• 4 bay leaves, fresh are best
  • sprig of thyme
  • large pinch golden caster sugar
  • 2-3 teaspoons paprika
  • 1 tbsp tomato purée
  • 50ml sherry vinegar or good quality red wine vinegar
  • 50ml sherry
  • 400g tin chopped tomatoes
  • 400ml pork stock
  • 400g tin chickpeas or other beans e.g. butter, drained and rinsed
  • fresh chopped parsley
Heat the oven to 160C/140C fan/gas 3.
Heat the oil in a casserole dish with a lid and fry the fennel seeds until sizzling.
Add the belly pork and spend a good 10 mins browning the pork on all sides in batches, scooping it out to set aside as it's done.
Next fry the chorizo and sizzle for a minute. Scoop out and add to the pork.

Add the carrots, then chilli flakes, then onion, then herbs and cook for about 5 mins until the vegetables are soft and just starting to colour.
Sprinkle over the sugar, add the garlic and paprika and cook a little.
Stir in the tomato purée then splash in the sherry and the vinegar and bubble for a moment.
Tip in the tomatoes and a can of pork stock (say, from a hog roast carcass) or water. Stir the meat and juices into the sauce, season with salt and pepper and bring to a simmer.

Cover the dish with a lid and place in the oven for 2 hours, checking occasionally and if the sauce becomes too thick add a splash more stock. Remove the pan from the oven and stir in the chickpeas and return to the oven for 15 mins. Remove again and leave to cool slightly so it's not scorching hot then stir through the parsley. Taste for seasoning and serve with crusty bread or boiled or mashed potatoes.
If you're going to use dried beans, soak them overnight then cook them for an hour until al dente before adding to the casserole for cooking in the oven.
Our Allotted Vegetables
Alloted Vegetables

My neighbour Nancy and her allotment keep me well supplied with vegetables. And the occasional fruit. Thanks Nancy!
Since her glut of beetroot and rhubarb, I've been inventing things to do with beetroot and rhubarb. And carrots.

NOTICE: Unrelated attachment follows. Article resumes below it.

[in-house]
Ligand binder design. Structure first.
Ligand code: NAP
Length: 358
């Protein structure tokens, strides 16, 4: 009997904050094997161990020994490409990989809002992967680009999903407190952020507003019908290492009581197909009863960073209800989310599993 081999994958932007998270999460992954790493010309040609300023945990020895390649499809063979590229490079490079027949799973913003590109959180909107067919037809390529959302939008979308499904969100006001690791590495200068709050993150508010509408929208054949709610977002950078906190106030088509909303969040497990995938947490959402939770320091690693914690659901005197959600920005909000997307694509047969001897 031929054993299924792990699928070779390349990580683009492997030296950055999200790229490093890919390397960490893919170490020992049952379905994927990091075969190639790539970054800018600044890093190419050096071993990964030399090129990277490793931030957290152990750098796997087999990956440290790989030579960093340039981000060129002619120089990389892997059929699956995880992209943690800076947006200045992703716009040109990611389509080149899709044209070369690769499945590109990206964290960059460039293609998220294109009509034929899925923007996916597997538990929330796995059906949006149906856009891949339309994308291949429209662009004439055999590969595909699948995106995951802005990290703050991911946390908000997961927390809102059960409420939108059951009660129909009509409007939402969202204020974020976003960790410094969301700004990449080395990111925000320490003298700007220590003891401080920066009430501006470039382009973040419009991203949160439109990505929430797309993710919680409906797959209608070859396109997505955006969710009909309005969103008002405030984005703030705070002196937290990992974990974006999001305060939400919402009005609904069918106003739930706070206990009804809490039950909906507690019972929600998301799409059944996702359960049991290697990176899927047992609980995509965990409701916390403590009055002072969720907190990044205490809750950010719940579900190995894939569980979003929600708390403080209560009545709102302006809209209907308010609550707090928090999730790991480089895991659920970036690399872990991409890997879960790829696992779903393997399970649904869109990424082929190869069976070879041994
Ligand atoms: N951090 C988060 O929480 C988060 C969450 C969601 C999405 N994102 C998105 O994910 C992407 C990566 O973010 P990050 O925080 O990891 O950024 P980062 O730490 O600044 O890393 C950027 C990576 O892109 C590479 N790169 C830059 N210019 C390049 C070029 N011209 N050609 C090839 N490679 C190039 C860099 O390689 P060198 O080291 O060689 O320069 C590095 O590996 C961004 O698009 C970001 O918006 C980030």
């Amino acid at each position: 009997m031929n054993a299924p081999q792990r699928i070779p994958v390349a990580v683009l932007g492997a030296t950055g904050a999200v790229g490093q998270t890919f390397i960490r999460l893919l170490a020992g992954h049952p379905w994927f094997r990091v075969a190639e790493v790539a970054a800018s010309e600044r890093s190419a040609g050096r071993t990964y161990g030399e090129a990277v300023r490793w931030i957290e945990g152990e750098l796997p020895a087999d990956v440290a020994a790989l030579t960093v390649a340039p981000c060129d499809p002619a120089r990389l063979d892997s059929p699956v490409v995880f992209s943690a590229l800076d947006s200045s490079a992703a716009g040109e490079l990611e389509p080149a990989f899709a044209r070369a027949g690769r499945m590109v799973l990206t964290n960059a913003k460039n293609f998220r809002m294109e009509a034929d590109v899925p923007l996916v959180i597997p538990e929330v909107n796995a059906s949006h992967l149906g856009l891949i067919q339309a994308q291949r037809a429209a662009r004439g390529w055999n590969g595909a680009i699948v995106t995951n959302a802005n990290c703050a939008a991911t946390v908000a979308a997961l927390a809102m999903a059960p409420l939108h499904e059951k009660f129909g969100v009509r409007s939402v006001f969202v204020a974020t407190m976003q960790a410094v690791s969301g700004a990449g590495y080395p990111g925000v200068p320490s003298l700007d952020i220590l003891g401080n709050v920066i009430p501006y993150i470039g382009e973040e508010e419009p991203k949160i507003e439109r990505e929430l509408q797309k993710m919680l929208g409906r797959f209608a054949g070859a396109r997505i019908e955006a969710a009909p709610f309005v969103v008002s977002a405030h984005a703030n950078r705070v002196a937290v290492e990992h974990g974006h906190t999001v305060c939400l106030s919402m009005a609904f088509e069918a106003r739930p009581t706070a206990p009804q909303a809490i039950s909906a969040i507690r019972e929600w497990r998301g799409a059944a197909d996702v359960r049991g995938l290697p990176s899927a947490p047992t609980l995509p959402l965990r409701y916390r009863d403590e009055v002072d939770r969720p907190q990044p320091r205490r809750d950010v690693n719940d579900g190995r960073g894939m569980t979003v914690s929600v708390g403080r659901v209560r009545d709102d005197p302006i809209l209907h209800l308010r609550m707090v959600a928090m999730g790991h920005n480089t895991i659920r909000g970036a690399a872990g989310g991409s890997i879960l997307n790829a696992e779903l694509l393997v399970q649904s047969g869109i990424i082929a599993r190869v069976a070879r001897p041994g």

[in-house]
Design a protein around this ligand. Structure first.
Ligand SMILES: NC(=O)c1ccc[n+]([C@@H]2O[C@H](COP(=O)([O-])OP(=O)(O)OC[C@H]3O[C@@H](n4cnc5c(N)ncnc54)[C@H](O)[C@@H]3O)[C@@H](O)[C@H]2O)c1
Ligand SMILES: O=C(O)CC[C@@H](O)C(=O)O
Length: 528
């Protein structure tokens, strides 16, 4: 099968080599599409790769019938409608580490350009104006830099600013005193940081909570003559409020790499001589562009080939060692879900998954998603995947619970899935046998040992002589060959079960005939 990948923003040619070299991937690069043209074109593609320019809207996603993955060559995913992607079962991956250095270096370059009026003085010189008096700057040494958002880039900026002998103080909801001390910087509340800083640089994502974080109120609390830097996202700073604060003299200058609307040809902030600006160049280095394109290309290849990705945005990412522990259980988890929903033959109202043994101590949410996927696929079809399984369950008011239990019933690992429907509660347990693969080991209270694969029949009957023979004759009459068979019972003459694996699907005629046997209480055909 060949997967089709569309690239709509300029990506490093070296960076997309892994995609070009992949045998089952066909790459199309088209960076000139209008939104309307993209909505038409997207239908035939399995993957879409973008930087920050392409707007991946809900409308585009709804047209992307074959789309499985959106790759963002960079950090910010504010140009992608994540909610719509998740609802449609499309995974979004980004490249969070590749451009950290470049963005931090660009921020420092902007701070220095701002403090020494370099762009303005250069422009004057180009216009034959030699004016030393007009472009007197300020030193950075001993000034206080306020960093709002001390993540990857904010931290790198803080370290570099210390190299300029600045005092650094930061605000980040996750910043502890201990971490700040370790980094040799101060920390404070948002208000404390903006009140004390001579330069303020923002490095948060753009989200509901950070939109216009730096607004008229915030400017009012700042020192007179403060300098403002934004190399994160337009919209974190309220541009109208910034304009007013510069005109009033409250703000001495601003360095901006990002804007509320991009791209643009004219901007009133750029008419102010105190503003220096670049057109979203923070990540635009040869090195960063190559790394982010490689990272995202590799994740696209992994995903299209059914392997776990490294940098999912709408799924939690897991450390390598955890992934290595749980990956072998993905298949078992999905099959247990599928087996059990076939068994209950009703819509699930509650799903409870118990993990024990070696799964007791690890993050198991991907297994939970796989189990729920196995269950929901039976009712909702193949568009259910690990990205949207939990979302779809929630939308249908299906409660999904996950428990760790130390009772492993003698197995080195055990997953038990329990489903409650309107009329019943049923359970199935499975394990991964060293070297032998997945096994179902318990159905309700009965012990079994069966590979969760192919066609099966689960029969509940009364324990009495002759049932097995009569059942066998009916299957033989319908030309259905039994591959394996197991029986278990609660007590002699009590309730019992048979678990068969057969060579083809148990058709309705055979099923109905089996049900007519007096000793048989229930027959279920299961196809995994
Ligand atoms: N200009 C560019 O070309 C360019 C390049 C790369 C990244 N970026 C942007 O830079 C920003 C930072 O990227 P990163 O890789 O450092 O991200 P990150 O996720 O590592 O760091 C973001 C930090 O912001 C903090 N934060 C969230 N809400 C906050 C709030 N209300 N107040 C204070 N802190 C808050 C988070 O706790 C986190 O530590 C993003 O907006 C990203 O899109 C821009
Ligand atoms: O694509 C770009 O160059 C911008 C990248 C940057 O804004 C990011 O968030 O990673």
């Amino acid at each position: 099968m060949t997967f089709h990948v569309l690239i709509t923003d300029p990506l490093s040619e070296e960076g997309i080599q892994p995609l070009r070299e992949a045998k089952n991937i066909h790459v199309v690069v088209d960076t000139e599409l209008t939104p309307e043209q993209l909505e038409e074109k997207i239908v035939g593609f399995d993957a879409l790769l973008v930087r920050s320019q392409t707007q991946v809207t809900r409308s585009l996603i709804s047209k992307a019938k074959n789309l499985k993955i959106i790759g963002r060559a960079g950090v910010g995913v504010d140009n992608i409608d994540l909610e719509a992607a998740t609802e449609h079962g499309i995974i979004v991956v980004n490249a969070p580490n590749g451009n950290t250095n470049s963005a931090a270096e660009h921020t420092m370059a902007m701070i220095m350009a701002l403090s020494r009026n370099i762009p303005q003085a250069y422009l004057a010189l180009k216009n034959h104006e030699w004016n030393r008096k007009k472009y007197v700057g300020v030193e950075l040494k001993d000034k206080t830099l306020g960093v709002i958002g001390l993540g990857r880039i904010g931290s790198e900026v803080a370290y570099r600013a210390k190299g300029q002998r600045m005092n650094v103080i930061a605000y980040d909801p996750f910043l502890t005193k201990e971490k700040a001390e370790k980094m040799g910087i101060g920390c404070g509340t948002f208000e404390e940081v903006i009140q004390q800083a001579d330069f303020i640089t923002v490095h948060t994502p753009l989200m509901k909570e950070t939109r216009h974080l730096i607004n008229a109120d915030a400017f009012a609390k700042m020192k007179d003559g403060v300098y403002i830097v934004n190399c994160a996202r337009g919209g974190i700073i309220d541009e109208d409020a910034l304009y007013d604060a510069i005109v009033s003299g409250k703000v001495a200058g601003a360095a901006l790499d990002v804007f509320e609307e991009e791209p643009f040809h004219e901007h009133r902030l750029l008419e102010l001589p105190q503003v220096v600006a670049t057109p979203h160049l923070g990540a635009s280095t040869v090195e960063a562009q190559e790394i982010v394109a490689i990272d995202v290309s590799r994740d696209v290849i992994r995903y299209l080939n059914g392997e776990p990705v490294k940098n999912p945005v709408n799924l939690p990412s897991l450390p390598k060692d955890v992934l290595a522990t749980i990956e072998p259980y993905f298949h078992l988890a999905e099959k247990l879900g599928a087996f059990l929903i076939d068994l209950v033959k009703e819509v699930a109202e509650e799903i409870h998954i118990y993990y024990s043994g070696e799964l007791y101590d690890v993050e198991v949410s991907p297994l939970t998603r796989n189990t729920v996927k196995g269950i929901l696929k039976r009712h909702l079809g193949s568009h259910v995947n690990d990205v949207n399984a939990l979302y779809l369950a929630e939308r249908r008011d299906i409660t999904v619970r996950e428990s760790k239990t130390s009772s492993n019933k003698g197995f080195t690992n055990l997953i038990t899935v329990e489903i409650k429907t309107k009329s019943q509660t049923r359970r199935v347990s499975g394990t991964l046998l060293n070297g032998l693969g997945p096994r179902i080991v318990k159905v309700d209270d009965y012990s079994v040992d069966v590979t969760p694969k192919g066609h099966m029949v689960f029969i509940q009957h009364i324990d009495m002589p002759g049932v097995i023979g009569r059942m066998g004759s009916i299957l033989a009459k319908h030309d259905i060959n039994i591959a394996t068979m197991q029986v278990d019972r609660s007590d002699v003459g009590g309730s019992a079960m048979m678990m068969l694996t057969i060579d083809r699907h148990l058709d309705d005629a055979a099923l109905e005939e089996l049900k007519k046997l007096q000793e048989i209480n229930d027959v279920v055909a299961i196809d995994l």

Getting some courgette flowers to stuff made a nice change.

Rhubarb and Beetroot Fool
dessert veg
Yes that's right - a rhubarb and beetroot fool!
Partly because I had a lot of beetroot and rhubarb to eat up, partly because it seemed like they might just work together, partly just 'cos they were there...

Serves 4

  • fresh ginger optional
  • 4 sticks rhubarb
  • 1 beetroot
  • berry coulis say blackberries and blackcurrants
  • double cream
Heat the oven to 180-200°C, put the whole unpeeled beetroot on an oven tray and bake until it is soft and easily pierced with a knife (up to 2 hours).

Roughly chop the rhubarb, scatter with a little sugar (perhaps a dessertspoon), moisten with a little apple juice, liquor or water and cook gently in a covered pot until the rhubarb begins to collapse. Check the sugar level and set aside to cool.

Whip the cream until it begins to thicken, but is still pourable. Peel and finely grate the beetroot and mix with the rhubarb. Lightly stir together the cream and rhubarb mixture (so they form distinct swirls) and serve with a drizzle of fruit coulis.
You know what, it ain't bad! It's a more earthy, nutty concoction than pure rhubarb, but less aggressively acidic.
I planned on adding some grated ginger to the rhubarb, but I forgot. I still think it might be nice though.
Also since beetroot goes well with chocolate - consider a chocolate sauce instead of the coulis?

Beetroot and Rhubarb Salad
salad veg
My neighbour Nancy had a glut of beetroot and rhubarb in her allotment this year. So I thought I'd try ways of combining them. This is Yotam Ottolenghi's idea, and I think it works better than my fool. But you could always have a meal with both!

The dressing proved so good I gave it a recipe all of its own.

Serves 4

  • 800g various beetroots (or, if you can't get them, one type is fine)
  • 300g rhubarb, cut on an angle into 2.5cm pieces
  • 30g caster sugar
  • 1 small red onion, thinly sliced
  • 20g picked parsley leaves
  • 100g creamy Gorgonzola or similar blue cheese, torn into small chunks
  • salt and black pepper

  • Dressing:
  • 2 tsp sherry vinegar
  • ¾ tbsp pomegranate molasses
  • 2 tbsp maple syrup
  • 2 tbsp olive oil
  • ½ tsp ground allspice (pimento)
  • a handful of pomegranate seeds optional
Set the oven to 200C/400F/gas mark 6. Wrap the beets individually in foil and bake for 40-70 minutes, depending on size. To check, push a sharp knife through to the centre of each one - it should be soft all the way through. Set aside to cool, then peel and cut into a rough 2cm dice.

Toss the rhubarb with the sugar, spread it over a foil-lined oven tray and roast for 10-12 minutes, until soft but not mushy. Set aside to cool.